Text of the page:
I urge you to see this band. I could go on for hours about them and I probably will some day soon. This is the moody and atmospheric “Carnival”, a Bond theme waiting to happen.


Managed to grab a brief power nap while waiting for these to come on. Got to that stage in life where I’m like a baby and can sleep anywhere, the louder the better in fact.

Brilliant set from Birmingham’s Troumaca. I’m slightly lost for reference points but there’s three-part gospelly harmonies over African-tinged guitars complex, insistent beats from live drums and what seems to be programmed basslines, with big keyboard washes and appropriate plinky-plonky bits. They really got the midnight crowd at the Forum moving.

An excellent, unexpected find to complete a great first day of the festerval. I was going to stay for theFamily? Certainly in terms of band members getting their cocks out on stage) but since I had already forgotten where I had parked I thought I’d better go look for the car.

You can download the podcast here :

Beat City 31 Tramlines Special

Saturday’s highlights for me should include Esben & The Witch, Her Name Is Calla, Liz Green and a Sister Sledge metal tribute band called Sister Sludge.t

I swear I am not making this up. Review to come. Watch this space.

There’s No Beauty Anymore

And here’s a Glastonbury quiz question for you. Which band made their debut at Glastonbury last weekend and have had more number one UK singles than Metallica, Kasabian, Arcade Fire, Ed Sheeran and Bryan Ferry put together and were STILL not covered by the BBC? Nope, not Dolly Parton …

Dexys Midnight Runners emerged from the West Midlands at around the same time as the Specials and the other 2-Tone bands, but wasted no time defining themselves as separate, outside and better than the rest.

Paying as much attention to the image and the clothes as they did to the music, almost uniquely at the time outside of black music and heavy metal, this proved a smart move. Everybody knew what they looked like. And everybody had an opinion on it.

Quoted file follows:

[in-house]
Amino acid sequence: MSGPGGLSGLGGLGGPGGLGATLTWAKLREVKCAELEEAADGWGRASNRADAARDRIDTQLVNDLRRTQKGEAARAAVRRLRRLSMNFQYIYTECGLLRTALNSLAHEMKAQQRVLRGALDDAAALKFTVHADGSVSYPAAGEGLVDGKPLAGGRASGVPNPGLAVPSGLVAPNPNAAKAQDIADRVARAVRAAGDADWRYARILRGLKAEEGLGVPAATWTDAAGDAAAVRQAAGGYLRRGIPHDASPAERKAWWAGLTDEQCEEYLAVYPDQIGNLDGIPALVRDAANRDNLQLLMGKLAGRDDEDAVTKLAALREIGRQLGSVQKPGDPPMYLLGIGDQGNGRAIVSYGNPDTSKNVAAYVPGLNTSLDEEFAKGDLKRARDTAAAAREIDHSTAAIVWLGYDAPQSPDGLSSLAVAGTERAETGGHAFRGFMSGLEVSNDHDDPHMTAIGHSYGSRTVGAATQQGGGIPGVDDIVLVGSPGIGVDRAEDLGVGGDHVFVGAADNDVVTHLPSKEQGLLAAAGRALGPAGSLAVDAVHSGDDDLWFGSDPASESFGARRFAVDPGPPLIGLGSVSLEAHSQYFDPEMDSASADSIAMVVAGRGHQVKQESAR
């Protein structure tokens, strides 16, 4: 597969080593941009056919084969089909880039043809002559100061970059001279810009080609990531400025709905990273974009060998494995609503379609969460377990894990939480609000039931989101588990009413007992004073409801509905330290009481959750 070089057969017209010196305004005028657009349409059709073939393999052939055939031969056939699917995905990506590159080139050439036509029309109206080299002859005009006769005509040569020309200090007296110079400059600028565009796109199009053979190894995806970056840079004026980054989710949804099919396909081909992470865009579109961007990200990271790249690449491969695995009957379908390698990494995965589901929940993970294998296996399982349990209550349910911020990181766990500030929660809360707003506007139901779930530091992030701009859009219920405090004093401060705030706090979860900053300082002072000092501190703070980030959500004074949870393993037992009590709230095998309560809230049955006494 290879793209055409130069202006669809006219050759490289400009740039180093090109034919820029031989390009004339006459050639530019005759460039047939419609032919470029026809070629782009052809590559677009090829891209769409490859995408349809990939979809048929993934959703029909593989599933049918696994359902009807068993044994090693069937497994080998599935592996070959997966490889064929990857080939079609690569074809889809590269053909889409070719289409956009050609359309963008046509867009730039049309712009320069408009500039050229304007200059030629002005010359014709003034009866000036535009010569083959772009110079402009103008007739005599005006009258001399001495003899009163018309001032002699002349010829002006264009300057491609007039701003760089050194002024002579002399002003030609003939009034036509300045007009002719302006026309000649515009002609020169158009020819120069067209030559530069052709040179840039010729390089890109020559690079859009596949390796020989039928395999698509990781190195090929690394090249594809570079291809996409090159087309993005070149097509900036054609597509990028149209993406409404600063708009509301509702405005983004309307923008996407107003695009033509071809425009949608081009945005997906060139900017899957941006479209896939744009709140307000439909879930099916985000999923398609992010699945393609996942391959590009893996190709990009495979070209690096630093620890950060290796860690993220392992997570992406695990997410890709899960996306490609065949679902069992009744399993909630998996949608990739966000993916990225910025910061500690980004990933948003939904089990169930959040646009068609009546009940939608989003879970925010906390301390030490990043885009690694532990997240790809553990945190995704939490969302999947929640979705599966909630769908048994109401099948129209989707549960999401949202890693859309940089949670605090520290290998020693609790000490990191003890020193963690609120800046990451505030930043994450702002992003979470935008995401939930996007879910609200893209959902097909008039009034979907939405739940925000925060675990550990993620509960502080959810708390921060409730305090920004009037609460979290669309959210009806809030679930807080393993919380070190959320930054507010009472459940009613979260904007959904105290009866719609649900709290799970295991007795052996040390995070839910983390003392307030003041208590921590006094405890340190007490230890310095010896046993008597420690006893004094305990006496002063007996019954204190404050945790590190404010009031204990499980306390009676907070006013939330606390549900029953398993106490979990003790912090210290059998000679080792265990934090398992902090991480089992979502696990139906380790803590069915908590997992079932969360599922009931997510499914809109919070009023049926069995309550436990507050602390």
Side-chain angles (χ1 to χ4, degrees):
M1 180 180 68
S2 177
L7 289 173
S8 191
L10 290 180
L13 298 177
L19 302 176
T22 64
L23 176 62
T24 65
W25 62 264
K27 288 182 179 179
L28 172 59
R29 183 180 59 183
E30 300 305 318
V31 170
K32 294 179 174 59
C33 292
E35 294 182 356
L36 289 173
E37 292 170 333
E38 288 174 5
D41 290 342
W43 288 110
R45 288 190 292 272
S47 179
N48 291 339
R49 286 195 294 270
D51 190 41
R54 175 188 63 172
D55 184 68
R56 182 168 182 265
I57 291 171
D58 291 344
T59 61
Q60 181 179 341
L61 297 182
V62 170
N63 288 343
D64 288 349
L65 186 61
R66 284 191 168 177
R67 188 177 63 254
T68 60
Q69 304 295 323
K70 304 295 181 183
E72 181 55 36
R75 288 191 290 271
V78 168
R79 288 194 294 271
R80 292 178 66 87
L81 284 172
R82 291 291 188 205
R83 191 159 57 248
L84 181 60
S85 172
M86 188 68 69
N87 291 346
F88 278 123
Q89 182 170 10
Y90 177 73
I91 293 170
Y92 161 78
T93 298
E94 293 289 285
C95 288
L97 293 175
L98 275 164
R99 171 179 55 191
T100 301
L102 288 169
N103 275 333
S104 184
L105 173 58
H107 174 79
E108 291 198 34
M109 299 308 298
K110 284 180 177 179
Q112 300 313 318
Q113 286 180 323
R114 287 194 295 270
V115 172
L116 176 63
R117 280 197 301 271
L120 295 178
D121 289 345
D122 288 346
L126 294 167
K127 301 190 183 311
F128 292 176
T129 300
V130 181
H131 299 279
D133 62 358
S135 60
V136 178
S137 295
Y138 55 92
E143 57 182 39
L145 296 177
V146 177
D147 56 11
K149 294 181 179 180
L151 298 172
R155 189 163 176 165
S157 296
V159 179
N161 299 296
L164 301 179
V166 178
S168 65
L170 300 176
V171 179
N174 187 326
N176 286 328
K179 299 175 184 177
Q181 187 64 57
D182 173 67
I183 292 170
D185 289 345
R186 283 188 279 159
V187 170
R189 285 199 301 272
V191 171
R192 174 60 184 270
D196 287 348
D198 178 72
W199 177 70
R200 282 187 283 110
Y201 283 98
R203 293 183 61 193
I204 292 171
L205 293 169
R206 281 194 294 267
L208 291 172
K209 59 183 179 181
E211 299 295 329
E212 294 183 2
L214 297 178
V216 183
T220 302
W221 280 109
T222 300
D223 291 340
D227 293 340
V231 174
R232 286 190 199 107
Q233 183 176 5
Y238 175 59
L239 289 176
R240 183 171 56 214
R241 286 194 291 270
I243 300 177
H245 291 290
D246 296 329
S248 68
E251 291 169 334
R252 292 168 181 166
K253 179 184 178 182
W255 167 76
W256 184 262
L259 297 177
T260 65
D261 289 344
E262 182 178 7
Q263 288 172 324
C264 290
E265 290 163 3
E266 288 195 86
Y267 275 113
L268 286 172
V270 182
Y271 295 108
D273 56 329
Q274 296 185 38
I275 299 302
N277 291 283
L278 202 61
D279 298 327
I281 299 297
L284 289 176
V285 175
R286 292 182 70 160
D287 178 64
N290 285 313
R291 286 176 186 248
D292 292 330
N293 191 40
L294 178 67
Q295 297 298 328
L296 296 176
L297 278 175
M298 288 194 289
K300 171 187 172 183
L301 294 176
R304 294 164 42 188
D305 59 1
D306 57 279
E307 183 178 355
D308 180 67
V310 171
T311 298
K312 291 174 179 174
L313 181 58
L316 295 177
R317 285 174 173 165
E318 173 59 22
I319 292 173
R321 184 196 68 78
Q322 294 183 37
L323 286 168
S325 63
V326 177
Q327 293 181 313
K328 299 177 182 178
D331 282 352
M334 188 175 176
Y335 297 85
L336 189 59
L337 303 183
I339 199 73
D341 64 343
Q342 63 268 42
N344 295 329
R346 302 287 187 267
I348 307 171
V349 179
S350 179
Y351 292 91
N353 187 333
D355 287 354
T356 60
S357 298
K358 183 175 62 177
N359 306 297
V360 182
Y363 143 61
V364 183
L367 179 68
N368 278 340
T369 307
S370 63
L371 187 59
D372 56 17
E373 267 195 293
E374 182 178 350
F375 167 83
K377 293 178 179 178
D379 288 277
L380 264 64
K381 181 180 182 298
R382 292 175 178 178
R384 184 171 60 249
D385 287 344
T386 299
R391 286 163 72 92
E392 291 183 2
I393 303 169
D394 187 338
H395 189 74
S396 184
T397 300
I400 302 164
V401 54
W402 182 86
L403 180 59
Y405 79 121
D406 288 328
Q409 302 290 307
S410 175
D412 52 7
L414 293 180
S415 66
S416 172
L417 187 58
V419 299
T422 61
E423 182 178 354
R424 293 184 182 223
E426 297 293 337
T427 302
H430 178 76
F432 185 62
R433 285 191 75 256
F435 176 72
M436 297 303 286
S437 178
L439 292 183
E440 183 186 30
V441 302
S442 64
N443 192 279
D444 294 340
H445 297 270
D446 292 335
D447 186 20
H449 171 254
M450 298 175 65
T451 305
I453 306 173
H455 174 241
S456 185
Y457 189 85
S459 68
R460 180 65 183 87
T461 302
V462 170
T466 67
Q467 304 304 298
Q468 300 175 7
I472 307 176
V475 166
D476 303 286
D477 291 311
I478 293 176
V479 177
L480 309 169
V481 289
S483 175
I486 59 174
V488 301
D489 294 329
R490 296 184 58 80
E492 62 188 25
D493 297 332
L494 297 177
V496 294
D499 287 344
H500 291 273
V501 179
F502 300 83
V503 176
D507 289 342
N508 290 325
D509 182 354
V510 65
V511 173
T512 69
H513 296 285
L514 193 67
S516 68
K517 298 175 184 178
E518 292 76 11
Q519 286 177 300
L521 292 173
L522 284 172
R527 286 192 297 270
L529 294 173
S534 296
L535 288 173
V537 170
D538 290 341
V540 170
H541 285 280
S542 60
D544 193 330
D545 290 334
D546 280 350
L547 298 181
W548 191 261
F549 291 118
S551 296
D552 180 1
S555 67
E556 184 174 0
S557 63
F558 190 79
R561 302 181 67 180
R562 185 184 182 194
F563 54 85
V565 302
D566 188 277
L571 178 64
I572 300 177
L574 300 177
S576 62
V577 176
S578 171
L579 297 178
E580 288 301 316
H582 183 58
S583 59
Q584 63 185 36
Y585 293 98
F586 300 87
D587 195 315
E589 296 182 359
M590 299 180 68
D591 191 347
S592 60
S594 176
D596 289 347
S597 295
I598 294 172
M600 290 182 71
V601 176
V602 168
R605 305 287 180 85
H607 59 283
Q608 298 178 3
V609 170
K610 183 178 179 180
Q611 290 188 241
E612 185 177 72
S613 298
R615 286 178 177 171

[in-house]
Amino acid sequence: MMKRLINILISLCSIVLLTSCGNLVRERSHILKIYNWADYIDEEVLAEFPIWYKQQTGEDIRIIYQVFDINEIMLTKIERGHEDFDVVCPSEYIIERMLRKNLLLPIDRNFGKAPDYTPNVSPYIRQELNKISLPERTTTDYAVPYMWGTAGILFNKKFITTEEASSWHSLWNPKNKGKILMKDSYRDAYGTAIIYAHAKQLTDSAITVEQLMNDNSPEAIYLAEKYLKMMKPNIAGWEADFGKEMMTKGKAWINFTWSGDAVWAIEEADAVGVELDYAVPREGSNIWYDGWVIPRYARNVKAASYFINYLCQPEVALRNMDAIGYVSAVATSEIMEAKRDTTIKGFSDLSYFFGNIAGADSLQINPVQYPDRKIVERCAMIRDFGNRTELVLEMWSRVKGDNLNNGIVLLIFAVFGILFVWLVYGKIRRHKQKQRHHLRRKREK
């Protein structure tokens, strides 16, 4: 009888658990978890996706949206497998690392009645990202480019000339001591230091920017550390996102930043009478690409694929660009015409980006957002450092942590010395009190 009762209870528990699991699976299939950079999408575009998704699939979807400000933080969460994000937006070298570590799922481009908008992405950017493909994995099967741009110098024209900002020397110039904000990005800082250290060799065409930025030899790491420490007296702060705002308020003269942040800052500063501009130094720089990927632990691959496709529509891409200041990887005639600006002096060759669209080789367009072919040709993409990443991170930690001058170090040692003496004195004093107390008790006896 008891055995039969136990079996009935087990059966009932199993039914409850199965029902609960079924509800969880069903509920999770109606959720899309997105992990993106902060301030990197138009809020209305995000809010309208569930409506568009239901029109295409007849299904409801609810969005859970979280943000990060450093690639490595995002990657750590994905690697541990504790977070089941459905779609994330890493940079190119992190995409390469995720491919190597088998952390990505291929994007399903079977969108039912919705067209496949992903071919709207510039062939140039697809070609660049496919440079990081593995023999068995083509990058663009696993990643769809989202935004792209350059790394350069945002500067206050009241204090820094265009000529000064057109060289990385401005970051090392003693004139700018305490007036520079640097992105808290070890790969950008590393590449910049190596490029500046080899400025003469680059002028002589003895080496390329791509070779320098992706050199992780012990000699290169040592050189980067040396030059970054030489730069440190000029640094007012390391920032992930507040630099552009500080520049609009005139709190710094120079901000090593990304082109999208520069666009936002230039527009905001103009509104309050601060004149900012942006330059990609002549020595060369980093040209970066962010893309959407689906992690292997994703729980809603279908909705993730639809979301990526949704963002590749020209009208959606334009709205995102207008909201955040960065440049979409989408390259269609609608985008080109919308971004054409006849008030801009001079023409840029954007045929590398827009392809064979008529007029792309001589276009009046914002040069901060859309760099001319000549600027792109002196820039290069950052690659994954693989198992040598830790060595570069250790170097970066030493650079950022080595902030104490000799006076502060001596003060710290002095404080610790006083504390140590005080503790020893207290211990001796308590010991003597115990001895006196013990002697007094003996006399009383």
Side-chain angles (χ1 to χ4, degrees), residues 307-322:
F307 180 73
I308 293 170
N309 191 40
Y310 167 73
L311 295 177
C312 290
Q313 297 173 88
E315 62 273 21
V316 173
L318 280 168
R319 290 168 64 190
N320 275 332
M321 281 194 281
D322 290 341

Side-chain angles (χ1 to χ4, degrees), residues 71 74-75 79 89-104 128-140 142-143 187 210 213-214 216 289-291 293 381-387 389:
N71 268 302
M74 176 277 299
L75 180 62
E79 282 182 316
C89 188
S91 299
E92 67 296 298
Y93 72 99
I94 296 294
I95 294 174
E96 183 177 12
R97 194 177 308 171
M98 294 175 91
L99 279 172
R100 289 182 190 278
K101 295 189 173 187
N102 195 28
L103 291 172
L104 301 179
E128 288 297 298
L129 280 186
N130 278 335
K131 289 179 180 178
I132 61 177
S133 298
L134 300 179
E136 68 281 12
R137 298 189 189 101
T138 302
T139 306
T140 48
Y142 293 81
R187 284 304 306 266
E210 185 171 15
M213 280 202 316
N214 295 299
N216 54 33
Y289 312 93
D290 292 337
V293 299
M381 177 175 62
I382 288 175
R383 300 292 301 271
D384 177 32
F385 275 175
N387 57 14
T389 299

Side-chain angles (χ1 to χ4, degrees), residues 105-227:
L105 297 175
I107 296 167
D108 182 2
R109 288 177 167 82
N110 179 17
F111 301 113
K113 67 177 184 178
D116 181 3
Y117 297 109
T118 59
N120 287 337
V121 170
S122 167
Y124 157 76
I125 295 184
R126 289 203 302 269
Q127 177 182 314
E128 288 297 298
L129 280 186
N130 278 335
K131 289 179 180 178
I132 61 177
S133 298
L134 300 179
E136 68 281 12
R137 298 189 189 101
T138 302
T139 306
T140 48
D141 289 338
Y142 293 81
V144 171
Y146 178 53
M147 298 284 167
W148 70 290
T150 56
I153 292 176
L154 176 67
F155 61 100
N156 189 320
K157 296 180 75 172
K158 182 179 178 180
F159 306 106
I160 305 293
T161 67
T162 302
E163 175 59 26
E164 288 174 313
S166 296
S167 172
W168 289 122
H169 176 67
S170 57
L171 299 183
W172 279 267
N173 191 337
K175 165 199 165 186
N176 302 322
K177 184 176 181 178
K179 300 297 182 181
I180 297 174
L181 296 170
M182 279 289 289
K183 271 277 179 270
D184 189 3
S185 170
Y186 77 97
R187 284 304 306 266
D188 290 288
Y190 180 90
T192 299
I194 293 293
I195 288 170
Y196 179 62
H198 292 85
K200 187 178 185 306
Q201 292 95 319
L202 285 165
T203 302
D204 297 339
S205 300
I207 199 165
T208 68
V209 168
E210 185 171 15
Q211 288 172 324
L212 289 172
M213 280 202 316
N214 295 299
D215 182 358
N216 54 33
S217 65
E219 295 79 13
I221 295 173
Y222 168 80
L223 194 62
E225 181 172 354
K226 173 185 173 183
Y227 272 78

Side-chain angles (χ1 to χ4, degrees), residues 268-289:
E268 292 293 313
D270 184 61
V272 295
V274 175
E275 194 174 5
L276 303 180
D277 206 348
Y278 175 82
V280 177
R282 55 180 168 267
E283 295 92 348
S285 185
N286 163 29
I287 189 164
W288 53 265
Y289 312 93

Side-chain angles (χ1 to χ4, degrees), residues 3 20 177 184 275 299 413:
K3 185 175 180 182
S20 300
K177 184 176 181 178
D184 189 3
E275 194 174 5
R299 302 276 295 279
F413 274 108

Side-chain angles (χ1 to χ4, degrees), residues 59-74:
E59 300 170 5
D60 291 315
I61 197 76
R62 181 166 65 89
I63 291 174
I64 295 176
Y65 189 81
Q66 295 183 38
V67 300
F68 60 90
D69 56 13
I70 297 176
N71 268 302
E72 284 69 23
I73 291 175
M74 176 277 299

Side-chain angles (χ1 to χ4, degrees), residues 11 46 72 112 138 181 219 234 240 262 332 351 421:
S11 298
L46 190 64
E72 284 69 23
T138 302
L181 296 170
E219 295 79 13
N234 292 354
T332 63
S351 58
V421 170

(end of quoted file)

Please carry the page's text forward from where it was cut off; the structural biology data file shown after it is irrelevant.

Dexys mainman Kevin Rowland has said on countless occasions – most recently in this month’s Mojo Magazine – that he does not like looking back which is fair enough but forgive me if I don’t share that feeling.

Simply put, Dexys in their various incarnations have been responsible for some of the best singles, the best albums and the best gigs I have ever attended.
Here’s some evidence.

Old Vic Theatre, 1981 – Soon / Plan B

This was an unbelievable set of gigs. During the gig I attended, Kevin stopped the show to argue with a heckler who wouldn’t shut up during the quiet bits. I actually thought he was going to lamp him.

Radio One Big Top Weekend, Newcastle, 1982 – Come On Eileen

As far as I know this was the first ever public performance of this song, which has of course become the ultimate wedding disco anthem. I maintain you can hear me bellowing loudly at the end of this, but it’s not conclusive.

Shaftesbury Theatre, 1982 – R.E.S.P.E.C.T.

The definitive version of the Aretha Franklin classic, Dexys anthem in the early days.

Shepherd’s Bush Empire 2012 Until I Believe My Soul / Tell Me When My Light Turns Green

One song from “Too-Rye-Ay”, one from “Searching For The Young Soul Rebels” from the triumphant comeback tour of a couple of years ago.

Glastonbury 2014 – This Is What She’s Like

And from the Glastonbury set, this is possibly THE Dexys song ..

I saw an interview with Kevin Rowland a couple of years ago where he said the new incarnation of Dexys was more about the theatre than the music. He’s entitled to his opinion, I suppose. But for me it’s always been the music, Not the theatre, or the clothes, although I get that these form the attitude, which informs and inspires the music, which is unique and agnificent whether the band is wearing tracksuits, dungarees, Brook Brothers suits or dresses.

If you want to hear some more live Dexys tracks old and new then check the current Beat City podcast here Beat City 30 – There’s No Beauty Anymore

Also features :

Elephant Man (om the Gwan Bad Riddim)

Colorama (fro the cracking new album “Temari”)

Bobby Womack RIP

plus loads more